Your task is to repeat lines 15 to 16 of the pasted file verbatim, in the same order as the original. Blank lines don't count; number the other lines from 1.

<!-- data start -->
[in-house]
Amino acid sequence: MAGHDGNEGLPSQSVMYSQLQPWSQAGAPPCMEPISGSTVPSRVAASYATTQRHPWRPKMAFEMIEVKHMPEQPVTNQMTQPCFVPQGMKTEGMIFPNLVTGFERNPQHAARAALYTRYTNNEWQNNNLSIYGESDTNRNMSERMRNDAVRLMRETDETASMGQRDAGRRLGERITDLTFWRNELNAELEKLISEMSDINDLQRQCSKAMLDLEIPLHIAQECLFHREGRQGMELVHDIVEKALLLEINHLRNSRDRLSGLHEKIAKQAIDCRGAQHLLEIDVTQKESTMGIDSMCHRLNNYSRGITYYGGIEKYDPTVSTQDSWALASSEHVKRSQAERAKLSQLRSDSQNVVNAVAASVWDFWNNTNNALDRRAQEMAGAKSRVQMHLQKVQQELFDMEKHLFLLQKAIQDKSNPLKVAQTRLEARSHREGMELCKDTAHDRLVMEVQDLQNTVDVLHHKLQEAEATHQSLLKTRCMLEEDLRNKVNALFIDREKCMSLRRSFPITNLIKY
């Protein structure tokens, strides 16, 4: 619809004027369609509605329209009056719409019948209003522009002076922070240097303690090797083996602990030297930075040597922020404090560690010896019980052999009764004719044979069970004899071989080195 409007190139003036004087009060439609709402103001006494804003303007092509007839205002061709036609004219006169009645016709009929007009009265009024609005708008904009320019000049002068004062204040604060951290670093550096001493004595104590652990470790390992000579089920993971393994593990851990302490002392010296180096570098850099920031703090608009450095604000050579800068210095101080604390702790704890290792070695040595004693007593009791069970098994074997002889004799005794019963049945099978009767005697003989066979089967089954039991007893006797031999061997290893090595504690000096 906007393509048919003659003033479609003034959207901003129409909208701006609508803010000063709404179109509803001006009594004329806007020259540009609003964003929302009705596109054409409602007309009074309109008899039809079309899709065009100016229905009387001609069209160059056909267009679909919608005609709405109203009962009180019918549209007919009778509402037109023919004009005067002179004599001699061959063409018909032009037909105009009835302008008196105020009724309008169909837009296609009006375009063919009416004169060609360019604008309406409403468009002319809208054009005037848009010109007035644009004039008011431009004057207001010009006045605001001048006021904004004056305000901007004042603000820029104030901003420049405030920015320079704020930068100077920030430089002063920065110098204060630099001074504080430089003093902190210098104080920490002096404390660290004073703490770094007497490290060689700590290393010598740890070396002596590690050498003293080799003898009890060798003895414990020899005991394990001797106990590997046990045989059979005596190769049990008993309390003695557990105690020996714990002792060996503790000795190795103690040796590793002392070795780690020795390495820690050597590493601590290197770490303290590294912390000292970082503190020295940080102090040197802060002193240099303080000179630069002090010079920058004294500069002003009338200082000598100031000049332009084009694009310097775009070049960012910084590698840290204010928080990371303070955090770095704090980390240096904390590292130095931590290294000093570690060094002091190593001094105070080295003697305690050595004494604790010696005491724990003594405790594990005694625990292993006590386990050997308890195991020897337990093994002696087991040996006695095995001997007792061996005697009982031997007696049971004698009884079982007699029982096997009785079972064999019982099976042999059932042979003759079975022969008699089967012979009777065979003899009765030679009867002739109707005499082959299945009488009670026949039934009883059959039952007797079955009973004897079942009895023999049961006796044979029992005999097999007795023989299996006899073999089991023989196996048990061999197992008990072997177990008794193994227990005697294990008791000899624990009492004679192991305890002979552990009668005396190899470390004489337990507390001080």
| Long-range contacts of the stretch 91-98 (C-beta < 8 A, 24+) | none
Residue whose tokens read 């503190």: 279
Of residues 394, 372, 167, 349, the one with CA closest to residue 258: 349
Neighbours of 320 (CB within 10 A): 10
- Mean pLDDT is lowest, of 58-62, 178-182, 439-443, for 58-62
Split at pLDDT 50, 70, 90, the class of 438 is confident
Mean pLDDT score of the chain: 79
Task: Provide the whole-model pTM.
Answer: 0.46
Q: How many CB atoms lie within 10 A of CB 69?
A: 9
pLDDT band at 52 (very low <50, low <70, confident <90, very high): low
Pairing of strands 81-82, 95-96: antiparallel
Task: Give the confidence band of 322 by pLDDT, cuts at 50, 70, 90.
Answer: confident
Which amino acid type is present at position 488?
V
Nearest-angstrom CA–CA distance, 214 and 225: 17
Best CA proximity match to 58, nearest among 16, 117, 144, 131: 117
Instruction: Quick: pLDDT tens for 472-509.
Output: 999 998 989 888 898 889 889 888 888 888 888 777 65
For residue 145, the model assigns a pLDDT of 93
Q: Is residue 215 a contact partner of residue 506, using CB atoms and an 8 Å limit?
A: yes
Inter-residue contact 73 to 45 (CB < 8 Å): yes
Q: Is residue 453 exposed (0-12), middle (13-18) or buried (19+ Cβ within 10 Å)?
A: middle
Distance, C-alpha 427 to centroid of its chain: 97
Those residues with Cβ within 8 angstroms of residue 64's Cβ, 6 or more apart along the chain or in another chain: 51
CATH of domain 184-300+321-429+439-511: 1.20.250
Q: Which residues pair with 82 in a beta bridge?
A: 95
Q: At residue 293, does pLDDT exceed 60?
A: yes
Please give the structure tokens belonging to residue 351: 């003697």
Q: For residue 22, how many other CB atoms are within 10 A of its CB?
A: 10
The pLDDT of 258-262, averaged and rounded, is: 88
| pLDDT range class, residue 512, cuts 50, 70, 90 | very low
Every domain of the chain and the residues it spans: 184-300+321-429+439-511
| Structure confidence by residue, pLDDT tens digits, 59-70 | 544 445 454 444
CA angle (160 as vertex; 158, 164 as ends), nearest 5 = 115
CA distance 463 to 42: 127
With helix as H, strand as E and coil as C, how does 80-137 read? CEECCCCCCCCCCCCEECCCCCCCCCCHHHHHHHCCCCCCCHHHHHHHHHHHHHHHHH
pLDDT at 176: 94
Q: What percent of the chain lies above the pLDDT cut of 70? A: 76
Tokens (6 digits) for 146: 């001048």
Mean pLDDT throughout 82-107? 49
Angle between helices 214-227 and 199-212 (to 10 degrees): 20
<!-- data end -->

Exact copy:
pLDDT band at 52 (very low <50, low <70, confident <90, very high): low
Pairing of strands 81-82, 95-96: antiparallel